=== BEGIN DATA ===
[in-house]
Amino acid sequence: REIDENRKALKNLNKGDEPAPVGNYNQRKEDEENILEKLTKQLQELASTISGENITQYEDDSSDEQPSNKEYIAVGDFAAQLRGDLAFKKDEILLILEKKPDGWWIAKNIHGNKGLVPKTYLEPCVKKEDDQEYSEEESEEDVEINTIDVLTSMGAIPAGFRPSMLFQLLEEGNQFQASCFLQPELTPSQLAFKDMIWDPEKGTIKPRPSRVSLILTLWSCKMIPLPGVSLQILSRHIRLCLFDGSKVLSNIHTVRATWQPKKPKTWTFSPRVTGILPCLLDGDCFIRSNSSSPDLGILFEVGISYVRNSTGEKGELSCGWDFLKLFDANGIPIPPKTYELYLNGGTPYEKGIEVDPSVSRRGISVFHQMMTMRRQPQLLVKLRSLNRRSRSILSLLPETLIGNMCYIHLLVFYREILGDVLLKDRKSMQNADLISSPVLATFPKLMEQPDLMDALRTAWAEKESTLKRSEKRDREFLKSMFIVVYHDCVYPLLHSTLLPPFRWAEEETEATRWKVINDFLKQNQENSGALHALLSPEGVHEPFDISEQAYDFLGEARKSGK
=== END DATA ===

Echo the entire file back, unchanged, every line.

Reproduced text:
[in-house]
Amino acid sequence: REIDENRKALKNLNKGDEPAPVGNYNQRKEDEENILEKLTKQLQELASTISGENITQYEDDSSDEQPSNKEYIAVGDFAAQLRGDLAFKKDEILLILEKKPDGWWIAKNIHGNKGLVPKTYLEPCVKKEDDQEYSEEESEEDVEINTIDVLTSMGAIPAGFRPSMLFQLLEEGNQFQASCFLQPELTPSQLAFKDMIWDPEKGTIKPRPSRVSLILTLWSCKMIPLPGVSLQILSRHIRLCLFDGSKVLSNIHTVRATWQPKKPKTWTFSPRVTGILPCLLDGDCFIRSNSSSPDLGILFEVGISYVRNSTGEKGELSCGWDFLKLFDANGIPIPPKTYELYLNGGTPYEKGIEVDPSVSRRGISVFHQMMTMRRQPQLLVKLRSLNRRSRSILSLLPETLIGNMCYIHLLVFYREILGDVLLKDRKSMQNADLISSPVLATFPKLMEQPDLMDALRTAWAEKESTLKRSEKRDREFLKSMFIVVYHDCVYPLLHSTLLPPFRWAEEETEATRWKVINDFLKQNQENSGALHALLSPEGVHEPFDISEQAYDFLGEARKSGK